TORONTO (Reuters) – Canada is locking up more people in immigration detention without charge after the numbers fell during the pandemic, government data obtained by Reuters shows.

Authorities cite an overall rise in foreign travelers amid easing restrictions but lawyers say their detained clients came to Canada years ago.

Canada held 206 people in immigration detention as of March 1, 2022 – a 28% increase compared with March 1 of the previous year. Immigration detainees have not been charged with crimes in Canada and 68% of detainees as of March 1 were locked up because Canada Border Services Agency (CBSA) fears they are “unlikely to appear” at an immigration hearing, according to the data.

The rise puts Canada at odds with Amnesty International and other human rights groups that have urged Ottawa to end its use of indefinite immigration detention, noting CBSA has used factors such as a person’s mental illness as reason to detain them.

A CBSA spokesperson told Reuters that “when the number of entries (to Canada) goes up, an increase in detention is to be expected.” CBSA has said in the past it uses detention as a last resort.

A lawyer told Reuters her detained clients have been in Canada for years.

In the United Kingdom, too, immigration detention levels rose last year after dropping earlier in the pandemic, according to government statistics. Unlike Canada, the United States and Australia, European Union member states have limits on immigration detention and those limits cannot exceed six months.

The rise in detentions puts people at risk of contracting COVID-19 in harsh congregate settings, refugee lawyers say.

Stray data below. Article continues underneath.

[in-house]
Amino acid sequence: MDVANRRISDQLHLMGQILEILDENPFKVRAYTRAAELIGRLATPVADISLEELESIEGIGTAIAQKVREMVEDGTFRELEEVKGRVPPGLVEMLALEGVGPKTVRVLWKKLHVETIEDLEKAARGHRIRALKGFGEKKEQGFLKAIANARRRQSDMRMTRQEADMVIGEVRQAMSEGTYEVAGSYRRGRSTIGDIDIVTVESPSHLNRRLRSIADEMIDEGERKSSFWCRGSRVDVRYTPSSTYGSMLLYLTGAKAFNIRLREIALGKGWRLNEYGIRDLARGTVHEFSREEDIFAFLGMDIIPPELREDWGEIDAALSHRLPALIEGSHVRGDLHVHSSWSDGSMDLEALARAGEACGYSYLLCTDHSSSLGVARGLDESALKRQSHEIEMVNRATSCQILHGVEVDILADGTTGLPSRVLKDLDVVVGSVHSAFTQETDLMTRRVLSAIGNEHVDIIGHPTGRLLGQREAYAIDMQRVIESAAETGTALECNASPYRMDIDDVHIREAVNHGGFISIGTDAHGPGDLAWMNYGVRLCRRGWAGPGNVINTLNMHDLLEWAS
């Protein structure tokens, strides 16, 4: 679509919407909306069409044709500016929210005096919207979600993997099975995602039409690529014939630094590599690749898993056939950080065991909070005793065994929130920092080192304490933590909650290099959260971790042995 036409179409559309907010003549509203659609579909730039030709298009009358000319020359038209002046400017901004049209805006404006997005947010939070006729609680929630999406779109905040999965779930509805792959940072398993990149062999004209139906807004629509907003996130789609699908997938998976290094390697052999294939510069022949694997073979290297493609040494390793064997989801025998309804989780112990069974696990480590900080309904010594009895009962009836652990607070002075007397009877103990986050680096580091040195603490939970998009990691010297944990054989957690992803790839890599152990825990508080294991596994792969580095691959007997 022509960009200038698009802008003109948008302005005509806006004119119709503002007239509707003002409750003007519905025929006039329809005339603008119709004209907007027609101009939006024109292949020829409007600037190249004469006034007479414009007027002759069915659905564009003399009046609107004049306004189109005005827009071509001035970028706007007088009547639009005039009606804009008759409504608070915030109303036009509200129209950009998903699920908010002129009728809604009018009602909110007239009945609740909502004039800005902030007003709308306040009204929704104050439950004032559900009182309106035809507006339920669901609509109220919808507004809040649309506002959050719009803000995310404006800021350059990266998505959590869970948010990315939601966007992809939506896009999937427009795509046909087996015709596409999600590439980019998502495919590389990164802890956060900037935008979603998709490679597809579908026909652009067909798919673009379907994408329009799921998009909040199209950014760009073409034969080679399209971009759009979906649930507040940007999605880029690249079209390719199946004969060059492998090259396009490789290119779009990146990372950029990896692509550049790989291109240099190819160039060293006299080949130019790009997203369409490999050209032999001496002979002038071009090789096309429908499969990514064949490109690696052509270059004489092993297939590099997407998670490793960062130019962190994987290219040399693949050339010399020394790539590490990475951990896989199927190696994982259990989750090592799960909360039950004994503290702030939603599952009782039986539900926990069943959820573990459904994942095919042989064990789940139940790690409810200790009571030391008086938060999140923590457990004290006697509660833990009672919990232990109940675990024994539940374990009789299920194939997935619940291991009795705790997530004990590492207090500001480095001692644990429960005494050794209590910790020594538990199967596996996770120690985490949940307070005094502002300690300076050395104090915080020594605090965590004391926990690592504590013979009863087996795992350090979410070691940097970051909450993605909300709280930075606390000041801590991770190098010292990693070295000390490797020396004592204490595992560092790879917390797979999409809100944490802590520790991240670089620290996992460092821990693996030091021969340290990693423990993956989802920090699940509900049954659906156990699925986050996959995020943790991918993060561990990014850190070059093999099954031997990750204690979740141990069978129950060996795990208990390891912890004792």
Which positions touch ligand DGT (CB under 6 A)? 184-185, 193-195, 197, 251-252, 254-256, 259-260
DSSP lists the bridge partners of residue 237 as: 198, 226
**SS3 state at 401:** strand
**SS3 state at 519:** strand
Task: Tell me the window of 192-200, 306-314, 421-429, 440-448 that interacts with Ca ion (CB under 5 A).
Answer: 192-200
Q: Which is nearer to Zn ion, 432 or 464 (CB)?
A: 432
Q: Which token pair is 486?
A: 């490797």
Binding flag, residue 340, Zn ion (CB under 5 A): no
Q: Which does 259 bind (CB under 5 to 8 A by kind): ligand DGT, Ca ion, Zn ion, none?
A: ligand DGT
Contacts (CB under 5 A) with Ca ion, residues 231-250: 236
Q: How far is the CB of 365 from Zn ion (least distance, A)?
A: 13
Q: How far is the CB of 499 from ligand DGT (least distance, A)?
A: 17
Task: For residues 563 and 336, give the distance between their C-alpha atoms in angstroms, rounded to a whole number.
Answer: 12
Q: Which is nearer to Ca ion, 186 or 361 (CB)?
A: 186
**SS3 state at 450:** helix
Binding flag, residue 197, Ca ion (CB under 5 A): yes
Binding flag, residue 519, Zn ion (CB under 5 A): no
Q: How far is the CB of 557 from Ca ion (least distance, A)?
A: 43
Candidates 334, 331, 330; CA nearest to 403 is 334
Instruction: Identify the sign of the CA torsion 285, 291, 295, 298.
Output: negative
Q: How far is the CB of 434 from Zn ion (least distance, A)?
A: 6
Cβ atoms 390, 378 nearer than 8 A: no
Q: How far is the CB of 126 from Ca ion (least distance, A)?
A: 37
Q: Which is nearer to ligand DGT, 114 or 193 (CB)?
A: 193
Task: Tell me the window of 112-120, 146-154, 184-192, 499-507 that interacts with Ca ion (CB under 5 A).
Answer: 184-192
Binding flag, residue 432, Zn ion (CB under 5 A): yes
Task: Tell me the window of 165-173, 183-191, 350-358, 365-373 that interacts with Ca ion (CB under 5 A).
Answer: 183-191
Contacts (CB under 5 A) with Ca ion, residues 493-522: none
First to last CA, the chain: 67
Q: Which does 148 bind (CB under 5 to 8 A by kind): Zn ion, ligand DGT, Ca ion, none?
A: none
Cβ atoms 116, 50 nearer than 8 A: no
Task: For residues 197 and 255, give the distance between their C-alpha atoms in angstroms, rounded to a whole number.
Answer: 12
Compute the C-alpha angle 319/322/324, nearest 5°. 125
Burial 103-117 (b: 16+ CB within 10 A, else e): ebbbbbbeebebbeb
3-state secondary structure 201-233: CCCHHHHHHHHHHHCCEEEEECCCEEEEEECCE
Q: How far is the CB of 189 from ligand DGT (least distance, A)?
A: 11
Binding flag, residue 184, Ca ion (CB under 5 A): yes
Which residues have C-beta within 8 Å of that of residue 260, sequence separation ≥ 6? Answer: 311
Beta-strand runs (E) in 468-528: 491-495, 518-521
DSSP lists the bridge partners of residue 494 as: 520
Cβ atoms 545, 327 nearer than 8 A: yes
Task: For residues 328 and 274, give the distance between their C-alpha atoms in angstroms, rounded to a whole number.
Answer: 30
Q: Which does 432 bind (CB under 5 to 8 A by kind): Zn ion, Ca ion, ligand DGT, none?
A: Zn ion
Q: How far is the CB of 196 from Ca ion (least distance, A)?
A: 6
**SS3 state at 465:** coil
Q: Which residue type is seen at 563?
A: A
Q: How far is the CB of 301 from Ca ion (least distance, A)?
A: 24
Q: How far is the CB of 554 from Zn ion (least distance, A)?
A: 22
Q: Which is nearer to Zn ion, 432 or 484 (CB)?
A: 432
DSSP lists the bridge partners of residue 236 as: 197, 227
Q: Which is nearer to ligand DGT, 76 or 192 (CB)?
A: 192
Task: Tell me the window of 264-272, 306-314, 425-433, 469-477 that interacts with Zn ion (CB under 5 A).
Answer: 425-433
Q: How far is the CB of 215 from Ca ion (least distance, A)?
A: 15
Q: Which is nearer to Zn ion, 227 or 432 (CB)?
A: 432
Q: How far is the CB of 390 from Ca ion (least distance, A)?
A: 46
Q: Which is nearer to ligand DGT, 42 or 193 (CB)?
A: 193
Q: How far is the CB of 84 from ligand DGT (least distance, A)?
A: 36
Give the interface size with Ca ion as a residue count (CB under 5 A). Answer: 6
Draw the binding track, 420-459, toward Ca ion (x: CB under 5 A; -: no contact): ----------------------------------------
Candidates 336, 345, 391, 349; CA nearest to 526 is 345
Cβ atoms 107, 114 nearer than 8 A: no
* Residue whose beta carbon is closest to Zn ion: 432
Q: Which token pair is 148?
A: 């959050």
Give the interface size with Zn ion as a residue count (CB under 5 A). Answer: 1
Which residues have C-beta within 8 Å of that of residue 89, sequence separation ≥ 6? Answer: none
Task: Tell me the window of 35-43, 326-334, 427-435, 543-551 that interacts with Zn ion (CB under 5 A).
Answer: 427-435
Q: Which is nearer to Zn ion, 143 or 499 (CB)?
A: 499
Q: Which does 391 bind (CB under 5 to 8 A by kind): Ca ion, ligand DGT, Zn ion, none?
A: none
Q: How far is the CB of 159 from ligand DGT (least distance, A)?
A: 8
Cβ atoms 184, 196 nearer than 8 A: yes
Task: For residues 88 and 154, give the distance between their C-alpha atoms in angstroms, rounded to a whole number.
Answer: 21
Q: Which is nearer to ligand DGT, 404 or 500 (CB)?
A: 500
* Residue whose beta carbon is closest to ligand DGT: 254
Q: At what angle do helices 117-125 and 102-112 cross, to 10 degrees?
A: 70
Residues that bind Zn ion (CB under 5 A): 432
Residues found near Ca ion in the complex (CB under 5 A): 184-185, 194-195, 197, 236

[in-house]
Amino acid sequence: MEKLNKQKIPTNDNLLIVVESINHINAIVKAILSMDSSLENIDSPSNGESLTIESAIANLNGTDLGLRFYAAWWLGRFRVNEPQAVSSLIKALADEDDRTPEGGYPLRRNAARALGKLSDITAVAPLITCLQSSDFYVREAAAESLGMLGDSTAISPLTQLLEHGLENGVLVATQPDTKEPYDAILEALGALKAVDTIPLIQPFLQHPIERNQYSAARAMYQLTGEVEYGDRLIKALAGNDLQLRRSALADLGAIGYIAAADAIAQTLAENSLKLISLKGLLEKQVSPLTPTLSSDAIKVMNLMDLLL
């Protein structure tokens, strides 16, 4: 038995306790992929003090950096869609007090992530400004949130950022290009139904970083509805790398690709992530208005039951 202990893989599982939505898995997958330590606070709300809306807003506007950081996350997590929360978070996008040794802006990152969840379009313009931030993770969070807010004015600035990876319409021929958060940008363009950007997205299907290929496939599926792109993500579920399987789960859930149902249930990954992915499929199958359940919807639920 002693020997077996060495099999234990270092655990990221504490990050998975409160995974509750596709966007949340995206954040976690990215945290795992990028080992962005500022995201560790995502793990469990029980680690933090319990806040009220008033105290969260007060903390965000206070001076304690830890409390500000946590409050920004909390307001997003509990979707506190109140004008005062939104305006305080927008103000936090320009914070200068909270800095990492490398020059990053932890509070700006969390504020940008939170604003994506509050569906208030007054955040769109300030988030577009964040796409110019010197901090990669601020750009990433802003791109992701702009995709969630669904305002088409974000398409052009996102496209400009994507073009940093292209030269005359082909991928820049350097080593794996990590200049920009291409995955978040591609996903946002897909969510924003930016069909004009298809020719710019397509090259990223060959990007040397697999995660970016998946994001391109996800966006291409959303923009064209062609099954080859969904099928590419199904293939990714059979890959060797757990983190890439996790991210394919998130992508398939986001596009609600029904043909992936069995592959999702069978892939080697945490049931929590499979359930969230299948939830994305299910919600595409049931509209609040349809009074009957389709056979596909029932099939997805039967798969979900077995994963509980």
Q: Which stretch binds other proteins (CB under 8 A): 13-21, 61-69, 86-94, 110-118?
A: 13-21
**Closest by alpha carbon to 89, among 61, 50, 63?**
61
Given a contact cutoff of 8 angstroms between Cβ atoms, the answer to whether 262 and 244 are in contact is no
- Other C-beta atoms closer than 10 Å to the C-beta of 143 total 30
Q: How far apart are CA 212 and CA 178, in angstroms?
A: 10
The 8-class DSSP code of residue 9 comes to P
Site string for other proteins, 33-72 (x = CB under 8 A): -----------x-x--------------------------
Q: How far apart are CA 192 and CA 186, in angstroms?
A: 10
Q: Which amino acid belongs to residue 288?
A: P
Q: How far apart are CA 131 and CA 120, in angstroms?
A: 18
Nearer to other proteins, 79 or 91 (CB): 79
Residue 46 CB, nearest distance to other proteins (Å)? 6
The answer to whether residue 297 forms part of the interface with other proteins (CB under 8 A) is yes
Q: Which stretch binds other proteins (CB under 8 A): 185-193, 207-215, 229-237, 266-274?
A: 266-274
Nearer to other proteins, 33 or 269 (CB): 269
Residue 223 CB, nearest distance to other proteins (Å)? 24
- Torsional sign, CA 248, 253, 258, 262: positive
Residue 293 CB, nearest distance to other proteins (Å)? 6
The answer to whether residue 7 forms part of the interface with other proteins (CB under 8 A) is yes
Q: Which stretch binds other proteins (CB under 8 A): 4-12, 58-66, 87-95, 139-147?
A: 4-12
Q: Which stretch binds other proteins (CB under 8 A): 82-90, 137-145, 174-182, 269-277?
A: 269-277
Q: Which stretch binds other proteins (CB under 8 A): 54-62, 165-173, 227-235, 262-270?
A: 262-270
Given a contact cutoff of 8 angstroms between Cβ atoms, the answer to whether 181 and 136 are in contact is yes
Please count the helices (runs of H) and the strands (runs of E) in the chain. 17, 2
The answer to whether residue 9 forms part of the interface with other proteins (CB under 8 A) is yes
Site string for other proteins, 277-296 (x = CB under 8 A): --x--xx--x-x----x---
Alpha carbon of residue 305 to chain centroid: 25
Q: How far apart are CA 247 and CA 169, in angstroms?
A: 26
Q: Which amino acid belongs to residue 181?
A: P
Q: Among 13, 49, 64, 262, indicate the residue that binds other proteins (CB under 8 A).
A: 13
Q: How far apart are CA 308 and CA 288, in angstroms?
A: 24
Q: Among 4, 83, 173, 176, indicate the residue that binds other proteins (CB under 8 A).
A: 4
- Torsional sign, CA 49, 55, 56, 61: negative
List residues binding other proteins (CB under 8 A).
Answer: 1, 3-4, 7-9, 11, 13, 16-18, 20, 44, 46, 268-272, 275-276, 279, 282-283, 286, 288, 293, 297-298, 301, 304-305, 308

Julia Sande, Human Rights Law and Policy Campaigner with Amnesty, called the increase in detentions “disappointing but not surprising,” although she was reluctant to draw conclusions from limited data.

The number of immigration detainees in Canada dropped early in the pandemic, from a daily average of 301 in the fourth quarter (January through March) of 2019-20 to 126 in the first quarter (April through June) of 2020-21.

FEW NO-SHOWS AS DETENTIONS DROPPED

Detaining fewer people did not result in a significant increase in no-shows at immigration hearings – the most common reason for detention, according to Immigration and Refugee Board data.

The average number of no-shows as a percentage of admissibility hearings was about 5.5% in 2021, according to that data, compared to about 5.9% in 2019.

No-shows rose as high as 16% in October 2020, but a spokesperson for the Immigration and Refugee Board said this was due to people not receiving notifications when their hearings resumed after a pause in the pandemic.

Refugee lawyer Andrew Brouwer said the decline in detention earlier in the pandemic shows Canada does not need to lock up as many non-citizens.